Charlotte: An Example of White Rage

I have lived in Charlotte for 16 years, and even though I moved to Boston a year ago, I left my heart in that city and with those people. Seeing the protests, as you can imagine, has been an incredibly difficult thing for me to watch from afar where I feel so removed and disconnected from my community. I wanted to start this post by saying that my heart goes out to the people of Charlotte, and by that I mean those protesting and actively resisting the gross acts of injustices that they face down daily. What you are doing is courageous and I respect you for it.

But sometimes distance can be a good thing. What the events in Charlotte have forced me to realize is the exhausting amount of white rage that thrives within that city. By “white rage” I mean whites’ bitter reaction every time the Black community makes advances towards full participation in the American democracy, this involves acts ranging from sitting when the National Anthem is played to public protests. I have witnessed numerous amounts of white rage online and am sick of it. With this article, I wanted to outline how white rage has manifested through different reactions towards the Charlotte protests and explain why they are problematic when trying to help our society move forward.


This photo was first published in Charlotte Magazine by Adam Rhew on September 22nd, 2016
  1. “I can’t believe this is happening in my city” or “This is not MY Charlotte.”

Statements like this, or similar to it, have been posted hundreds of times by members of the White Charlotte community. Ultimately, comments like these demonstrate how divided Charlotte was before the protests started. To give some context, Charlotte is an incredibly wealthy city being the second largest banking city in the U.S. (behind New York). This means that the city’s not-so-far-off history of racial segregation (see Charlotte Mecklenburg School System vs. Supreme Court) has developed into racialized financial segregation. When taking a look at the wealthiest zip codes in the Charlotte area, we can see that they are predominately located in South Charlotte — an area largely inhabited by white families. The protests that people are reacting to are taking place in Uptown and North Charlotte. North Charlotte, as I’m sure you can already guess, is a poorer area inhabited largely by black families.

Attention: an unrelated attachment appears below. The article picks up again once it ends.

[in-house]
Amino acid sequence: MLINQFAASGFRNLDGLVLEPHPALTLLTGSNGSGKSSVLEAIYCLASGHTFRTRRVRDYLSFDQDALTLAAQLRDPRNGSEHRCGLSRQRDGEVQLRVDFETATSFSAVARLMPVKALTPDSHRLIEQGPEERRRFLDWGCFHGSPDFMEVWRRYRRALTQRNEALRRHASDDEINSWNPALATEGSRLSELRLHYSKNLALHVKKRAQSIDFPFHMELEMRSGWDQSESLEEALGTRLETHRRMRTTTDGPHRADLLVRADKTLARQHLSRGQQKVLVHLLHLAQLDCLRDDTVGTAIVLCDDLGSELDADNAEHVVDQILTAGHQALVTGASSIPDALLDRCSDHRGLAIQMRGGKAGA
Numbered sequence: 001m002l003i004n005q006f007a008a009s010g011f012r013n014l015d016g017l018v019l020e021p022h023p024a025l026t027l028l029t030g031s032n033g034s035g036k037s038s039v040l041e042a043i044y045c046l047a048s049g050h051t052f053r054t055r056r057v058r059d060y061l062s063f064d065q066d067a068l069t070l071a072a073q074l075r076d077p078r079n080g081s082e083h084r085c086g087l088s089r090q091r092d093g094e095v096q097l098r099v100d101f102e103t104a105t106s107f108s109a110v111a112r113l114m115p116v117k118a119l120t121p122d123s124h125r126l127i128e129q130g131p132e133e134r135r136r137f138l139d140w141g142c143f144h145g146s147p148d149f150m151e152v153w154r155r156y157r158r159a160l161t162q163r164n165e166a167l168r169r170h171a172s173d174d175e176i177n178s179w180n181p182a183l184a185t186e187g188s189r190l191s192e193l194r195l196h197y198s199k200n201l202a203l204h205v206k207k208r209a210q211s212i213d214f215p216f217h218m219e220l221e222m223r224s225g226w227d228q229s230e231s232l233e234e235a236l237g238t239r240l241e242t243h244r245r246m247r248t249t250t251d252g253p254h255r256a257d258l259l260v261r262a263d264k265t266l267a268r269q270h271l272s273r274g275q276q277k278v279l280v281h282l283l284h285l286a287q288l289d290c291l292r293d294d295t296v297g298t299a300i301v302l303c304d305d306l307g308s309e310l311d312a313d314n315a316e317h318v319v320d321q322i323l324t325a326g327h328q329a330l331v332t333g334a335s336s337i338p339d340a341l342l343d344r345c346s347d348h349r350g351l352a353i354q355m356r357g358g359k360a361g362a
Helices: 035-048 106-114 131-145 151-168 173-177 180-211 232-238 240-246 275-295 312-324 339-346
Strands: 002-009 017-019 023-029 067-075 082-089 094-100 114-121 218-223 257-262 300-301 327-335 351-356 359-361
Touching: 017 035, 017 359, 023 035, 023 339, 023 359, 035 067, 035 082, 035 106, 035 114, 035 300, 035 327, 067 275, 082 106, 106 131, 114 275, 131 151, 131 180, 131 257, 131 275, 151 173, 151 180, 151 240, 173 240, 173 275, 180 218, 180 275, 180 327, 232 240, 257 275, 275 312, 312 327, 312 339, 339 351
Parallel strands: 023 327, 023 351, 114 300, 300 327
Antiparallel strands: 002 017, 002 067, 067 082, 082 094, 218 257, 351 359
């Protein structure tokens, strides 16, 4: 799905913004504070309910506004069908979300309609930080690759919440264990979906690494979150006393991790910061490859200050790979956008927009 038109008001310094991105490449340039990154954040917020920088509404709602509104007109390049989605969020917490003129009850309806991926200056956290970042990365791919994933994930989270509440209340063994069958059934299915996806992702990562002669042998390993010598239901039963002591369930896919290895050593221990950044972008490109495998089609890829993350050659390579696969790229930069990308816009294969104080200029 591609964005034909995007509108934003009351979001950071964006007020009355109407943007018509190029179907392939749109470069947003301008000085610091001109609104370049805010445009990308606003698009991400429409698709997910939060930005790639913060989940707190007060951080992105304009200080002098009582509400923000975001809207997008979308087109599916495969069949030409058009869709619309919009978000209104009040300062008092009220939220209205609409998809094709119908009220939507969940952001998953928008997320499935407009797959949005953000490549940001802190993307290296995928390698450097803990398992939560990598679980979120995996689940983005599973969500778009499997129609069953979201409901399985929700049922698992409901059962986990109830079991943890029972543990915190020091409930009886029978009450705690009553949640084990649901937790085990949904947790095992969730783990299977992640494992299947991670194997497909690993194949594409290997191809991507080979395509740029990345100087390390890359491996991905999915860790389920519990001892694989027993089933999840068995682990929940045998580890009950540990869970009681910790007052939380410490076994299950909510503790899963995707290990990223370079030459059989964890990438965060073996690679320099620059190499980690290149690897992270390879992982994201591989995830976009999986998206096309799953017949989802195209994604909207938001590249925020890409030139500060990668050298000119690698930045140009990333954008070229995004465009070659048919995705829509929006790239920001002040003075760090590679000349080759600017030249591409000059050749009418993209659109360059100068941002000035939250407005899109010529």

When someone posts “this is not my Charlotte” my reaction is somewhere along the lines of “of course it’s not” because ultimately they have thought that their financial situation could shield them from having to deal with the harmful ramifications that the racist system they adhere to has on others. It shocks them and they cannot recognize it because they have used their privilege for years to protect themselves from seeing something that has always existed. It is indicative of the extreme amount of privilege possessed by White Charlotte for them to assume that somehow the city they live in is so special that it has escaped from the racism that is deeply embedded into this country’s DNA. They have gotten used to only seeing black people as their cashiers, waiters/waitresses, and assistants; people who are paid to assist them and make sure they have a good experience. This is not their Charlotte because they have never tried to see black people as humans who are deserving of the rights and treatment that they take for granted.

Furthermore, the fact that they somehow think that they own the city in a way that makes it “theirs” is problematic. To the people who make these comments: You do not own Charlotte, nor the people in it, therefore it is not “yours.” It is a place that you have the privilege of living in, and to keep that privilege you need to listen to the pain and fear of all those in your community, not just the one’s you want to hear, and work with them to help Charlotte.

2. “Pray for Charlotte”

The activist community has written a lot on how we don’t need prayer but need action. But because the phrase “Pray for X” has resulted in so little change, it has come to mean: “Pray for X so that this current situation will end and we can all go back to our lives the way they were before this started.” When White Charlotte says “pray” the subtext of their message is “bring back the status quo.” The status quo is a racist system that white people benefit from and therefore they see no problem in praying for its return.